The main living areas are open concept with the foundation stone waxed to resemble the water. And that’s not where the influence of the water ends. Notably, there’s a stairway from the living area directly into Bear Run while elsewhere the swimming pool is filled with natural spring water.

Upstairs, the private quarters are smaller. But, because this home was intended as a mountain retreat, the intention is to be outside hiking or enjoying the exterior living space. And the balconies, with their remarkable views of the waterway framed by the trees, are very enticing.

The home did have a small live-in staff. Call buttons are discreetly placed throughout the home. But it’s worth noting that the Kaufmann family was generous with the home. The staff was allowed to enjoy the perks of this impressive home as were employees from the department store.

During the tour, it’s also difficult to miss some of the leaks. There are containers collecting dripping water. According to the tour guide, Wright’s homes tended to always have issues like this. And the location on the waterfall certainly doesn’t help.

The home isn’t just a work of art. Inside it’s also full of art. The Kaufmanns’ collection includes Picassos and Diego Rivera, as well as furniture that Wright designed especially for the property. The guide described how Mrs. Kaufmann rejected some of Wright’s furniture as impractical, specifically in the main living space due to the large rock floor. Instead of his custom-designed chairs, for example, she preferred her imported Alpine three-legged chairs for which an uneven floor is never a problem.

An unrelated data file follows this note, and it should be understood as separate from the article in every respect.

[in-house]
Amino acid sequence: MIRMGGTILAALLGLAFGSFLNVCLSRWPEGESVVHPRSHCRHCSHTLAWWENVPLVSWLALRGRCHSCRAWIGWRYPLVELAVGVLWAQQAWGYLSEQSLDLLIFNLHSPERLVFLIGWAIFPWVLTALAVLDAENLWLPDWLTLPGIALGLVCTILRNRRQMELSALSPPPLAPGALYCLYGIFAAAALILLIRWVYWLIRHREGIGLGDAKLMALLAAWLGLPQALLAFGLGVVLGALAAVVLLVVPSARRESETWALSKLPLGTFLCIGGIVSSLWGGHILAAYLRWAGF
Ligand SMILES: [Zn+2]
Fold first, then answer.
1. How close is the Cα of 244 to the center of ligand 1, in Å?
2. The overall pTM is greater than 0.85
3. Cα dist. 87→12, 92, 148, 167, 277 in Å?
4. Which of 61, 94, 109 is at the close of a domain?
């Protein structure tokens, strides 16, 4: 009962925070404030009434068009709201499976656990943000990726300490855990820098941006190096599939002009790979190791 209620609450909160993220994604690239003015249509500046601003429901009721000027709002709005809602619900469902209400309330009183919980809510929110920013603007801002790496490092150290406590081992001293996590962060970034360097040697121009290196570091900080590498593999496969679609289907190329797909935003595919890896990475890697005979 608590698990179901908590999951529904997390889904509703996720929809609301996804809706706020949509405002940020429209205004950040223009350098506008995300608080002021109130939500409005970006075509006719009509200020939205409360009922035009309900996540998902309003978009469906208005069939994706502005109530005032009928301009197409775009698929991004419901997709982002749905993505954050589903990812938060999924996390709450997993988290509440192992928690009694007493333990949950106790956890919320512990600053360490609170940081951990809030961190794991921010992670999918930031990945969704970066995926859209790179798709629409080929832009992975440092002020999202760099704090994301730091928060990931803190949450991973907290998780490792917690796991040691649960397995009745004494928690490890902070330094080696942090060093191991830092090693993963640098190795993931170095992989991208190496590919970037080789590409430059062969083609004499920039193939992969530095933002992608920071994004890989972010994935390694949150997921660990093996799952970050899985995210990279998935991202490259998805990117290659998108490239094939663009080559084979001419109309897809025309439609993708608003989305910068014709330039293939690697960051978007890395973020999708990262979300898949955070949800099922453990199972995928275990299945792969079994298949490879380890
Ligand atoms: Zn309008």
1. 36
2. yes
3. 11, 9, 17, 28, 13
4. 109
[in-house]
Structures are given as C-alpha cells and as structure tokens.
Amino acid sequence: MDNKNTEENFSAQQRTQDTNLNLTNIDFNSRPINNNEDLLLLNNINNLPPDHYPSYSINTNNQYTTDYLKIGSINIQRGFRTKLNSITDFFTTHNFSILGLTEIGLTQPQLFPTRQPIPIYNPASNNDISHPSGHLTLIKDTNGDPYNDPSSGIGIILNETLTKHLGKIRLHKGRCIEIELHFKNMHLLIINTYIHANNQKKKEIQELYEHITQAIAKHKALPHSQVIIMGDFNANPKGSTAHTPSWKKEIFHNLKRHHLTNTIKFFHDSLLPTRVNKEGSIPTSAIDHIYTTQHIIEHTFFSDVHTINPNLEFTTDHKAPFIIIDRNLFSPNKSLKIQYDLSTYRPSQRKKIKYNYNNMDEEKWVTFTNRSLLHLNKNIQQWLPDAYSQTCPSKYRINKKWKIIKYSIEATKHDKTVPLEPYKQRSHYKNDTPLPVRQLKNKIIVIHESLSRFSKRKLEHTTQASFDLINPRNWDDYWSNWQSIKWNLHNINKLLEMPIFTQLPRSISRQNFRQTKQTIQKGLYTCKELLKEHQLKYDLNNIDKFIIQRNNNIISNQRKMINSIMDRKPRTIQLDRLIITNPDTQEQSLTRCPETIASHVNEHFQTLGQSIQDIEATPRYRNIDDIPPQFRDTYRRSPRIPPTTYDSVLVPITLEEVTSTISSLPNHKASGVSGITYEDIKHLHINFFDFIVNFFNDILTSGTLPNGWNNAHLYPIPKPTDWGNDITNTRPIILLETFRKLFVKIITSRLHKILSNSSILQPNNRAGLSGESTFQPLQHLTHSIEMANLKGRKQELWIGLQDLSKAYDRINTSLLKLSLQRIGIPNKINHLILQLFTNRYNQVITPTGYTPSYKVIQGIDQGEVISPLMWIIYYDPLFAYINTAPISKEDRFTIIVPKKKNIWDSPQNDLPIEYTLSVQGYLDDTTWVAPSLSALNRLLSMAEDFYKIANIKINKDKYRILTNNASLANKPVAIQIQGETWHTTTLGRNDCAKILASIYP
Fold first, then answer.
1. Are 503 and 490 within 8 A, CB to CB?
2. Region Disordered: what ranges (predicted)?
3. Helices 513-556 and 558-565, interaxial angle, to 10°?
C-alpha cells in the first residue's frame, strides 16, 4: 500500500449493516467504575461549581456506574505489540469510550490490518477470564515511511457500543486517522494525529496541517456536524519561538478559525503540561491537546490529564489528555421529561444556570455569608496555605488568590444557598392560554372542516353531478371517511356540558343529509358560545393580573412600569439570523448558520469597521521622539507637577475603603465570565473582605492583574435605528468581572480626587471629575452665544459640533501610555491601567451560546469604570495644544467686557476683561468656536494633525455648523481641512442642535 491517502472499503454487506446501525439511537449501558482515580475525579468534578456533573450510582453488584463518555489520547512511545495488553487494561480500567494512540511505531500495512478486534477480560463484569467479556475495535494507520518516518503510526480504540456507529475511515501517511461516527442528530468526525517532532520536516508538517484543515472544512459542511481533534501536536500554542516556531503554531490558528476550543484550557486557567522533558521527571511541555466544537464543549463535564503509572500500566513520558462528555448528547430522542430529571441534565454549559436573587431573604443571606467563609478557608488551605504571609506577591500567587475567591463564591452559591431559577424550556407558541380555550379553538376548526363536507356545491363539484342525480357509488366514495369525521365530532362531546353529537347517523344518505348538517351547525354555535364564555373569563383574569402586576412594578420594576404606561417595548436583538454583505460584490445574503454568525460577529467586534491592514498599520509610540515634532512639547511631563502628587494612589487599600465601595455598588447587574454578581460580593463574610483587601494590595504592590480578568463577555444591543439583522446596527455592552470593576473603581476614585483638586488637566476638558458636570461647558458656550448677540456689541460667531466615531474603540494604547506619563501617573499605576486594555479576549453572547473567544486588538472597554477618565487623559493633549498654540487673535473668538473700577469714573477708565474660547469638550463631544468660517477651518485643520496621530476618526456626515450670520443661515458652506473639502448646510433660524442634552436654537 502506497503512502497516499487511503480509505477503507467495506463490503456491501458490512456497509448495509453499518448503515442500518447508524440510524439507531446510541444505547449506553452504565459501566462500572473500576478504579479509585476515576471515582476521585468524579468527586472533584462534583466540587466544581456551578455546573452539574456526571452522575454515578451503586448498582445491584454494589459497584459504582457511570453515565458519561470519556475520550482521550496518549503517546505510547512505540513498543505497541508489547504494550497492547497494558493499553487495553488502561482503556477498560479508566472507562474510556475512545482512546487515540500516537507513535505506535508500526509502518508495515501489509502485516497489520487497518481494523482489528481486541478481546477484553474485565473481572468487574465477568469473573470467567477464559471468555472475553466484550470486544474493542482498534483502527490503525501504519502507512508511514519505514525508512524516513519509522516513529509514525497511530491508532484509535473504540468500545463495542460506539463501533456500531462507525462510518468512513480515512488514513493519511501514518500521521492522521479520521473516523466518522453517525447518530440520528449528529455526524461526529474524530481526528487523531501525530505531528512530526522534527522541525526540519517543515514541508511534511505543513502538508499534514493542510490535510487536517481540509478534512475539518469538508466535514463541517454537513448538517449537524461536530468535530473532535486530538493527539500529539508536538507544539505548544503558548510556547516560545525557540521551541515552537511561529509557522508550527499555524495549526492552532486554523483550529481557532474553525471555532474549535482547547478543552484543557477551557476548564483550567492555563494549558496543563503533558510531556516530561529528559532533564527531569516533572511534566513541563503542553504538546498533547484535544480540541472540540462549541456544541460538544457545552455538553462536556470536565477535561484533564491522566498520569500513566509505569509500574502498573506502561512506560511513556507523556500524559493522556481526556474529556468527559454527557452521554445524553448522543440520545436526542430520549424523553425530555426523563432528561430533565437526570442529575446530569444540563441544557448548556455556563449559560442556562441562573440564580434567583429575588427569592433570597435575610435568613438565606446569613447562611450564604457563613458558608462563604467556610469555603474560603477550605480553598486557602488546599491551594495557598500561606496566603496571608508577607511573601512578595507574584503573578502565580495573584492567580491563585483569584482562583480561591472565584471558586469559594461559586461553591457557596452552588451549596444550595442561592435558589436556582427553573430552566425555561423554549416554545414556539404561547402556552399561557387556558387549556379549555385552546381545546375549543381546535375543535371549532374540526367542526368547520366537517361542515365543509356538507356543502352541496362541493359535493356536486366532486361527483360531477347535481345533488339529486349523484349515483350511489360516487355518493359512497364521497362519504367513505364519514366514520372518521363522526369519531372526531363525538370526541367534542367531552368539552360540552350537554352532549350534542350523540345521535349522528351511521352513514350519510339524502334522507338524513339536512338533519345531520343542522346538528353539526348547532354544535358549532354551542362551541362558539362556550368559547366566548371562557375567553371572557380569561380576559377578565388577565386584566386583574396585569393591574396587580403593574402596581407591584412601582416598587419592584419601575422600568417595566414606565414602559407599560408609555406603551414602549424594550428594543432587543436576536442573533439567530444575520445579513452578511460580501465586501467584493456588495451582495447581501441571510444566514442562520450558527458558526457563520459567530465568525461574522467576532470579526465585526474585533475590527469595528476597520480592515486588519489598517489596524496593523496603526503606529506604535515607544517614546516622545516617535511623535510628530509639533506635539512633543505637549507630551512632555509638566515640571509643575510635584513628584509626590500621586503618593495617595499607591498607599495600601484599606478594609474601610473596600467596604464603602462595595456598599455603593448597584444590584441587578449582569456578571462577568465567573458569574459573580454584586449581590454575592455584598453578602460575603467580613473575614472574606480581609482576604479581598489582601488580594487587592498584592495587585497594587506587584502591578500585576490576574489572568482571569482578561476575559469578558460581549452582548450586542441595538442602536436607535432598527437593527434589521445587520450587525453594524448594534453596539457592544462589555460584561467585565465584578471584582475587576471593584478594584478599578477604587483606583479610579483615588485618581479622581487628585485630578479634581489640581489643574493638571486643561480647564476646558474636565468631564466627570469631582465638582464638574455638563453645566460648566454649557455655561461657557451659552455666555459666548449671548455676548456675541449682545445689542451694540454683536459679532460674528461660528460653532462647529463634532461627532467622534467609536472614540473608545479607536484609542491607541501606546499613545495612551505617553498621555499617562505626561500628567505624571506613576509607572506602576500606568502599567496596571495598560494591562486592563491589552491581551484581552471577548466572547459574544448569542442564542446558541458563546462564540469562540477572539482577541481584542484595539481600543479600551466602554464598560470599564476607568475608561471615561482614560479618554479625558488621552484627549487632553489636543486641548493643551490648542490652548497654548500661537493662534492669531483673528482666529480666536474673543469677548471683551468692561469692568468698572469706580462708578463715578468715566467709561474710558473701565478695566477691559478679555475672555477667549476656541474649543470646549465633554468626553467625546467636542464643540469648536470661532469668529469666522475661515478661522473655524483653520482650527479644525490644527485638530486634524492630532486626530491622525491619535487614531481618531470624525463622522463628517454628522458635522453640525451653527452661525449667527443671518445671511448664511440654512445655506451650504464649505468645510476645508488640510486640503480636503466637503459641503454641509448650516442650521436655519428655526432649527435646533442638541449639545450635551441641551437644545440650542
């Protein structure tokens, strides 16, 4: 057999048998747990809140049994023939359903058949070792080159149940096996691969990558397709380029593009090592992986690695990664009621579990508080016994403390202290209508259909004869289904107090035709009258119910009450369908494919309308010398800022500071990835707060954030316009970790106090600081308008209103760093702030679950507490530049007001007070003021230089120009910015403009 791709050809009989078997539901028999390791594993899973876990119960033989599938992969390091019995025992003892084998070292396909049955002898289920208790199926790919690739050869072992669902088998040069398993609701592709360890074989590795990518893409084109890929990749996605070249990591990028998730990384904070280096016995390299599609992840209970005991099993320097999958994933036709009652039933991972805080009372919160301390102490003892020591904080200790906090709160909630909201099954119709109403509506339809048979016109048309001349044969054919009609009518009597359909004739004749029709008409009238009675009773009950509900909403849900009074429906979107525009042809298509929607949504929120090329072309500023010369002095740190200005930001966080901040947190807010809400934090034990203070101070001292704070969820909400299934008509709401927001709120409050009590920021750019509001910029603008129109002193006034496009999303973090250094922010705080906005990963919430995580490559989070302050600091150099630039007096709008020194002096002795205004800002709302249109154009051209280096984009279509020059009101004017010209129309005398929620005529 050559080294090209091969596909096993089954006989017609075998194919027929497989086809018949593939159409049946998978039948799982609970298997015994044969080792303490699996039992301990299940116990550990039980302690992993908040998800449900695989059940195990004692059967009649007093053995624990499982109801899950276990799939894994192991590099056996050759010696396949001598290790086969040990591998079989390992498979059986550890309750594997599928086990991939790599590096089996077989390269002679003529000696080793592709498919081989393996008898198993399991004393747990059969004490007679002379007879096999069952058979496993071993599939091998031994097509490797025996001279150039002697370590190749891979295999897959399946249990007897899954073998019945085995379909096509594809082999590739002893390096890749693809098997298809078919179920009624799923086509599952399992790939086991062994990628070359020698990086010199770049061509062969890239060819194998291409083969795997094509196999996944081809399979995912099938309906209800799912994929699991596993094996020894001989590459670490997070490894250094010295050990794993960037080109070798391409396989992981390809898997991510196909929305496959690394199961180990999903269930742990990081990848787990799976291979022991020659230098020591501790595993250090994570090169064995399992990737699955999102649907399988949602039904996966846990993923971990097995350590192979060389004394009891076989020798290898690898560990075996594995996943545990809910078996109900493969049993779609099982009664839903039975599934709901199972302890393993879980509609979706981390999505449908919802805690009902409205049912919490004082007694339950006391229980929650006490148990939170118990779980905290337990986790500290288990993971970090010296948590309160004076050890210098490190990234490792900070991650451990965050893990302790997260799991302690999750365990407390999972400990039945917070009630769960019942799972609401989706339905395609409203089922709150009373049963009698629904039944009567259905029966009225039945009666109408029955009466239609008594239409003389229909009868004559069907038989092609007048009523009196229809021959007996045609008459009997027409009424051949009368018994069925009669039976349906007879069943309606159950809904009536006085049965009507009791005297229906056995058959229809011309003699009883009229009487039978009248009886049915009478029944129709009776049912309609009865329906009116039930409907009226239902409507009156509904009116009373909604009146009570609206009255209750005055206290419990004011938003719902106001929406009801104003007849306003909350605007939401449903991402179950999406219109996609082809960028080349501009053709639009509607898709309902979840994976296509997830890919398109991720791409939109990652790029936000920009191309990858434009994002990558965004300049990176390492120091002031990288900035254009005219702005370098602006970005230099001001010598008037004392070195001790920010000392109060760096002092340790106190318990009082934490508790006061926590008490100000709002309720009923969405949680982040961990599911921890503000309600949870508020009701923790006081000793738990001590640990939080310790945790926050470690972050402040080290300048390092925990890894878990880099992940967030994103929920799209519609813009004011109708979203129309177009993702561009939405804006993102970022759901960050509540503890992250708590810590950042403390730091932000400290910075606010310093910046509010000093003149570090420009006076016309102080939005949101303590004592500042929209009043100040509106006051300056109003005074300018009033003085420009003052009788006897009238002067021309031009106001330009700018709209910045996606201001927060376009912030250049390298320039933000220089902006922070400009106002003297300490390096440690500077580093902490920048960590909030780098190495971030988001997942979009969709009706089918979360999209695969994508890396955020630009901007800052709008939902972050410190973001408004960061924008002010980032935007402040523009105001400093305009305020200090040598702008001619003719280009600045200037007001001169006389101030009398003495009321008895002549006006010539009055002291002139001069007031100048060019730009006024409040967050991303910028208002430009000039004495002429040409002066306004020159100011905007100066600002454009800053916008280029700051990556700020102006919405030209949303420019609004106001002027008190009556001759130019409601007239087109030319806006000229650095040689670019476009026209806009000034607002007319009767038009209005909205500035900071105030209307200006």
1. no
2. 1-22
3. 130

A view of Bear Run from the balcony of Fallingwater.

The hiking trail to Paradise Overlook.

In summer, the trees block some of the view at Paradise Overlook.

Hiking Around Fallingwater

In addition to a ticket providing access to the house, visitors to Fallingwater can also enjoy the surrounding grounds and hiking trails. You don’t have to go far along Bear Run to enjoy several smaller waterfalls near the picnic area.

If you’re looking to explore the woods, there’s a roughly one-mile trail to Paradise Overlook. Although not paved, the trail is relatively easy and clearly marked but a bit rocky at times. Hikers are rewarded with an expansive view over the Youghiogheny River. However, in summer, it’s worth noting that the greenery blocks out much of the view.

A stone marks the entrance to Fallingwater.

A waterfall along Bear Run near the picnic area at Fallingwater.

Getting There

Due to its proximity, Fallingwater makes a great day trip from Pittsburgh. It’s less than an hour and a half from the city.

But, Fallingwater, simply put, is in the middle of nowhere. There are preserved recreation areas, state game lands, and plenty of camping grounds in the surrounding area. During my visit, I had difficulty getting a signal in order to use Google Maps on my smartphone. My recommendation is to download directions and having a paper map available certainly wouldn’t hurt.

Because the site sells a limited number of tickets, parking shouldn’t be a problem. There’s a parking lot a short walk from the visitor center. This area you initially enter is also where you’ll find the restrooms, the gift shop, and a cafe. Fallingwater is only a brief walk from the visitor center. The walk from the visitor center to the house is farther than the walk immediately around and in the house.

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Stunningly balanced on a waterfall with cantilevered floors, Fallingwater is a wilderness retreat that makes for a great day trip from Pittsburgh.

All photos, as well as opinions, are my own.